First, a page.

Because different developers are developing the two versions separately, they have to be purchased separately. The current cost is $40 for the Windows version or $45 for the Mac. There is also a small discount available for educational users. Additionally, anyone who participated in the last NaNoWriMo (National Novel Writer’s Month, in November) and completed their 50,000-word goal will receive a coupon code for a 50% discount. If you participated but did not make the goal, you can still get a 20% discount using the coupon code NANOWRIMO.
Do People Really Use This?
As it turns out, the Mac version of this software is quite popular, to say the least. I ended up checking it out after hearing several people recommend it, and a Google search showed that it’s been mentioned by quite a few Mac sites and magazines. The Scrivener website has glowing testimonials from a number of published authors who used the software to write their books.
The software was initially designed for writing novels, but it has expanded dramatically to incorporate other forms of writing as well. When creating a new project, you can either choose a blank project or choose one of dozens of presets. For example, the novel-writing preset opens up with a title page, two parts with chapters, and separate folders to keep track of your characters and places.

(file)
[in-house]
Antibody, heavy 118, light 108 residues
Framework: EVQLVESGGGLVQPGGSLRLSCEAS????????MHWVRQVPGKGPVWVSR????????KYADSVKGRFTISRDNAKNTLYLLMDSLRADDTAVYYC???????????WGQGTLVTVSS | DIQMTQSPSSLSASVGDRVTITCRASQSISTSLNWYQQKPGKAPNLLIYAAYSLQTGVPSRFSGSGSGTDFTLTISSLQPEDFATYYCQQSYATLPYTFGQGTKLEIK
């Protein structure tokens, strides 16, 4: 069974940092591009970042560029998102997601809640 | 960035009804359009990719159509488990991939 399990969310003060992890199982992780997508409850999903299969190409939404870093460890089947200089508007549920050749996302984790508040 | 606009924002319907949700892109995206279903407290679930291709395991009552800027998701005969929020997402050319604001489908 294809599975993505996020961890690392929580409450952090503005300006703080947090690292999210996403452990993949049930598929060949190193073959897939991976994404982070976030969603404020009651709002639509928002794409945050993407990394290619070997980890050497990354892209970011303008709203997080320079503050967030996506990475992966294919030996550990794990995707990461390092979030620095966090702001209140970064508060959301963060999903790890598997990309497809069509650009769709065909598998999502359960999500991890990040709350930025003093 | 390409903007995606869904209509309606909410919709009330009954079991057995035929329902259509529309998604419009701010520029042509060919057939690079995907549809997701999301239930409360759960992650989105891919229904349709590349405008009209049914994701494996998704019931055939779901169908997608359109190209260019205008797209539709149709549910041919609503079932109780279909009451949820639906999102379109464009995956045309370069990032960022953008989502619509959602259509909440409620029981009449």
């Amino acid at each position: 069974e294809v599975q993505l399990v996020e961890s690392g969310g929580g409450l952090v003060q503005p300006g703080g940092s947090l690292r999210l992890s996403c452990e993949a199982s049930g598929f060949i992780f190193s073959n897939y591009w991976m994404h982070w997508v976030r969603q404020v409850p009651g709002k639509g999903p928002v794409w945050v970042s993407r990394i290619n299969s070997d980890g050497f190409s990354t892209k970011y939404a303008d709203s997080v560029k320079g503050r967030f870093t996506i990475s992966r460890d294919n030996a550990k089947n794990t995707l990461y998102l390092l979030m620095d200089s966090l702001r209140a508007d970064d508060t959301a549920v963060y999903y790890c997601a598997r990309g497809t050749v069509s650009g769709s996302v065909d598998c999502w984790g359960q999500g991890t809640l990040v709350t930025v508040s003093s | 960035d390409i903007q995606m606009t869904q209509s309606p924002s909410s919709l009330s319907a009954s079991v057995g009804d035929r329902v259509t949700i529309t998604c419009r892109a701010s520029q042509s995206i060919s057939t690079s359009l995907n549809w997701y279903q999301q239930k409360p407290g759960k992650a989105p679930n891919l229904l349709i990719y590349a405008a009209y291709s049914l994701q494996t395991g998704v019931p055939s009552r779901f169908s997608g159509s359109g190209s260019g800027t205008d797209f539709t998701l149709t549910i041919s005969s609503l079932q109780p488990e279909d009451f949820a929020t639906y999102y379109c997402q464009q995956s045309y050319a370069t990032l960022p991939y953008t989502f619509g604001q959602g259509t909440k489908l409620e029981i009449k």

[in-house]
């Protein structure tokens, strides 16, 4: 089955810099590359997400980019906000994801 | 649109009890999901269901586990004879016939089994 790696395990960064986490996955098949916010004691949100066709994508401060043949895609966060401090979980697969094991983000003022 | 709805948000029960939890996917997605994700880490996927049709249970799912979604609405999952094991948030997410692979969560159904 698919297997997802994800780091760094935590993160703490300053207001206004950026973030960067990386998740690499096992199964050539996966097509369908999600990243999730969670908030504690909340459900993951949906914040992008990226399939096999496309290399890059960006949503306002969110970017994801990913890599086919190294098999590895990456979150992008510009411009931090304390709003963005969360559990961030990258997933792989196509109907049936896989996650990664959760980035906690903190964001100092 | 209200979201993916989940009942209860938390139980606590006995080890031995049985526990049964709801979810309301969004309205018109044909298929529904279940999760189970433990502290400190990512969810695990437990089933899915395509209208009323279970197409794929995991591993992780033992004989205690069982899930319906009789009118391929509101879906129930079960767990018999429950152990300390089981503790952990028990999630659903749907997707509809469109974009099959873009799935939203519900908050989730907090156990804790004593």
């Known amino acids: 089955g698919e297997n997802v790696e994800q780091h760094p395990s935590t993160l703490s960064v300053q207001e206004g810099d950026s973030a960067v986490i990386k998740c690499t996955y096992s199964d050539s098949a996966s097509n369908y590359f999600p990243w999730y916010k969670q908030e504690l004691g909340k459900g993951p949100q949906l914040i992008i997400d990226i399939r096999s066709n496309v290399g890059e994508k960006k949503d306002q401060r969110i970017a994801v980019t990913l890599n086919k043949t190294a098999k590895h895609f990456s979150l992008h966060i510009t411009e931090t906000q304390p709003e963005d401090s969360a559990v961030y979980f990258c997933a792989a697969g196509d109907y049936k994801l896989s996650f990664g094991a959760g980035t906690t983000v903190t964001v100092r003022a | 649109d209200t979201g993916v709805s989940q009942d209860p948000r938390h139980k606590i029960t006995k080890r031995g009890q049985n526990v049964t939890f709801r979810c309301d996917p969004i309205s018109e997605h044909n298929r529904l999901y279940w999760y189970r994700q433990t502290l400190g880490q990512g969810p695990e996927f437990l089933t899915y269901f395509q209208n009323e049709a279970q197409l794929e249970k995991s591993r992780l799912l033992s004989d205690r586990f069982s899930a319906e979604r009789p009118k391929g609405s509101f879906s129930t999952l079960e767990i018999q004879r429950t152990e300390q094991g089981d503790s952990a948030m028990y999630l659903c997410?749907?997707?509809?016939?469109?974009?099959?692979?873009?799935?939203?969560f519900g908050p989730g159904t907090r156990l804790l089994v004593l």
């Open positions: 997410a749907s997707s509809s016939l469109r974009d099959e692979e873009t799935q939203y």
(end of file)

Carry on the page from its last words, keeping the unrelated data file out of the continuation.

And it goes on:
I am someone who enjoys writing, but I never paid that much attention to the software I’m using. I tend to use LaTeX for technical writing and Word for everything else.
Scrivener is not something that can replace those other programs, and it is not really meant to. You can’t really see how the entire page is going to look (unless the section you are working on is a page in itself), your formatting options are limited and while there is a running word count at the bottom of the screen, there’s no way to get a page count.
That said, the software makes it easy to move your document to another format when you have finished with your first draft and are ready to polish it up. It can export to a number of formats including Word (both .doc and .docx), PDF and postscript.
There is definitely a bit of a learning curve involved, but anyone who uses computers regularly will pretty much be able to jump right in, albeit with some frustration here and there if you have not read the documentation. I found that using the software made it easier to plan and put together this article, and while I have been using the trial, I expect I will probably end up with the full version in the near future.
- Screenshots provided by the writer
- Literature and Latte: Scrivener for Windows